Suicide is the most severe risk advocates worry approximately during the winter. But it’s not the only one. People living without heat are also susceptible to hypothermia, and older members of the community are particularly vulnerable because their health could already be compromised. Those who rely on space heaters speed the danger of starting a house fire. Children who don’t occupy access to sufficient heat struggle to sleep at night and then aren’t able to concentrate in school, Alice Phelps, 47, principal of the Wounded Knee School District, told HuffPost.

“The children act up at school. But when we talk to them one-on-one, the bottom line is they didn’t sleep that night,” Phelps, who grew up on the reservation, said. “They’ll say: ‘I didn’t occupy a blanket. I gave it to my small sister. I was cold.’ It just breaks your heart.”

Winter is also the time children appreciate school the most, because the building is heated and they’re guaranteed at least one irritated meal. Attendance is near perfect at this time of year, Phelps said.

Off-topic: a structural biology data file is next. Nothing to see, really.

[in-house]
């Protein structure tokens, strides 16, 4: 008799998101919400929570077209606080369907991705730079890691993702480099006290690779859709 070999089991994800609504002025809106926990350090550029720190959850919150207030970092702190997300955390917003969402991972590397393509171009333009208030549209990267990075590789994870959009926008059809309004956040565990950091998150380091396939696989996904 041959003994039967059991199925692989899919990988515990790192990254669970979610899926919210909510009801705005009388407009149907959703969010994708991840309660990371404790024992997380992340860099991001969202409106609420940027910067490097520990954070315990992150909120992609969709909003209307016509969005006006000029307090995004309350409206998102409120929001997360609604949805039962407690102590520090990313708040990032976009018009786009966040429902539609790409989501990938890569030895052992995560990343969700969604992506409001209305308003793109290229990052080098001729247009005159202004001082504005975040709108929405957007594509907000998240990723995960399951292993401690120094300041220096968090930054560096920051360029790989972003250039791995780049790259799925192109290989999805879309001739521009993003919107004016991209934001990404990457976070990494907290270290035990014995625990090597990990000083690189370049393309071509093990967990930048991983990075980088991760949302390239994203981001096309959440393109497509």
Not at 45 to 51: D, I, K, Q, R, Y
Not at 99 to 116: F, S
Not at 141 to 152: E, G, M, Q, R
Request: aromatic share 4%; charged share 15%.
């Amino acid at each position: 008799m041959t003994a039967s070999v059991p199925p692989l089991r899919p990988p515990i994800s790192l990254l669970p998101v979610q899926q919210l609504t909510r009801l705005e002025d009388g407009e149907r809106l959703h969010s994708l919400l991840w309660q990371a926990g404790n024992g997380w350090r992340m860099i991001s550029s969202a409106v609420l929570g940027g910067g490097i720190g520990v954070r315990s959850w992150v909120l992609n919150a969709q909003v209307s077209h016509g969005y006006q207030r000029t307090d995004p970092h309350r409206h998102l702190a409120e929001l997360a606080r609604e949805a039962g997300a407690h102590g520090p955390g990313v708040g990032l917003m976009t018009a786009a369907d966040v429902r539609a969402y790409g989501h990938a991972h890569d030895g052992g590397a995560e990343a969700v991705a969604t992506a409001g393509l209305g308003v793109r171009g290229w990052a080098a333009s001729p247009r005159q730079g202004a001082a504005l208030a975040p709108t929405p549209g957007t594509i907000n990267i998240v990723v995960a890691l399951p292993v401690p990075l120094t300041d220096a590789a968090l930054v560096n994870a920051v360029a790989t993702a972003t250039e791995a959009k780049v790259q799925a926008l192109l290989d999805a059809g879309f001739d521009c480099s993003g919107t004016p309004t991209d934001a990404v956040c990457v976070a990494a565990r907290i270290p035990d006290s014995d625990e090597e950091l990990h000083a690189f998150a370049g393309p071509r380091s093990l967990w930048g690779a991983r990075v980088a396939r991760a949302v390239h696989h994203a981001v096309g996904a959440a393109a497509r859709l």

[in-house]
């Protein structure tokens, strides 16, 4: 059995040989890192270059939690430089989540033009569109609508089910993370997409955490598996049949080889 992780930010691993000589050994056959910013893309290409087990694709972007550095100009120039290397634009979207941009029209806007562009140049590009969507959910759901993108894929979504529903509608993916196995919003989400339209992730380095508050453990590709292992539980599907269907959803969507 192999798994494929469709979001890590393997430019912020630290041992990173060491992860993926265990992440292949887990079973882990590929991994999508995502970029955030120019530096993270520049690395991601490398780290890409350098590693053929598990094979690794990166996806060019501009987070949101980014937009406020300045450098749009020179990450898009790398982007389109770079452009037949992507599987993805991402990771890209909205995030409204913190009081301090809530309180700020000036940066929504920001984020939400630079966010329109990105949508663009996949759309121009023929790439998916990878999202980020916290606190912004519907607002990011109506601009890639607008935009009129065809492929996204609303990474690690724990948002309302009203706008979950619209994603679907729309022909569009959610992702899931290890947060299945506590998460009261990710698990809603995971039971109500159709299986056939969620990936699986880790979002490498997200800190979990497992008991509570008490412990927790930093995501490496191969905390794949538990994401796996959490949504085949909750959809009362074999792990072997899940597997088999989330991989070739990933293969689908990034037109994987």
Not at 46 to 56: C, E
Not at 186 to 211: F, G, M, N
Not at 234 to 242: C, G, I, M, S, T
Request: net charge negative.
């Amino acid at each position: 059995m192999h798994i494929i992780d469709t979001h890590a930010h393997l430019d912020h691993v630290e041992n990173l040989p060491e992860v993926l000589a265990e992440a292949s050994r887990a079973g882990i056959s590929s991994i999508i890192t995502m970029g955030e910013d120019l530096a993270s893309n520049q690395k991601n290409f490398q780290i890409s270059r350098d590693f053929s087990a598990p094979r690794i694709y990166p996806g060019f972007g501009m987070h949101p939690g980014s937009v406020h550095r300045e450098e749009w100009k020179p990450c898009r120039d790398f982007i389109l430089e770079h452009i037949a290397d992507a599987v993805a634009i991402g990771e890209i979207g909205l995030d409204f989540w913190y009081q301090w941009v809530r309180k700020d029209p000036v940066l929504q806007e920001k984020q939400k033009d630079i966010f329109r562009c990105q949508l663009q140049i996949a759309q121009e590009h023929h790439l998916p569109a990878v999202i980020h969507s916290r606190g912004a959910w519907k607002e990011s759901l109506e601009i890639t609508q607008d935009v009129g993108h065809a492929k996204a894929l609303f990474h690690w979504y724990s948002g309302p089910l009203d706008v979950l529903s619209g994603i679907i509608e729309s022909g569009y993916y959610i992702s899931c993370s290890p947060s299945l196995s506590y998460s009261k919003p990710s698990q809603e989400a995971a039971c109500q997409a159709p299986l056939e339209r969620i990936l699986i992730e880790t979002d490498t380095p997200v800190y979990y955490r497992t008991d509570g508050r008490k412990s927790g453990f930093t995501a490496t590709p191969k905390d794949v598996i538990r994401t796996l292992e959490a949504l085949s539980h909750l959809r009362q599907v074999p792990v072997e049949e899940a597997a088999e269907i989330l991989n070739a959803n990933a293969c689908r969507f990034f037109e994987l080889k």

“They want to be in school,” Phelps said. “It’s warm. It’s safe. Their instant needs are met.

Wounded Knee is working on building a “safe house,” a plot where up to 10 children in need of a plot to stay for the night can arrive, whether because of abuse at domestic or not having heat or other critical resources. The building is basically total, but Phelps is working on hiring a staff member to speed it.

But even those on the reservation who can afford to buy propane to heat their homes typically can’t afford as much as it takes to preserve a house livable when temperatures are drop below zero, said Bob Claussen, owner of Bob’s Gas, a company in Martin, South Dakota, that makes the 45-mile trek to the reservation when it’s able. Claussen said he typically gets around 15 “small” orders for propane ― approximately $150 worth of propane at a time. But that can final only approximately three weeks, he said.  

A number of nonprofits work with fuel companies to net propane to households in need. Lakota Kidz, an organization that donates supplies like books and clothes to the reservation,  is one of the groups that works with Bob’s Gas. Lakota Kidz donates enough to cover two months’ worth of fuel for approximately 30 families on the reservation.

final year, the Oglala Sioux Tribe received $1.2 million in funding from the Low Income domestic Energy Assistance Program, a federal program that helps underserved families with their energy bills and other needs. Those funds will drop slightly this year.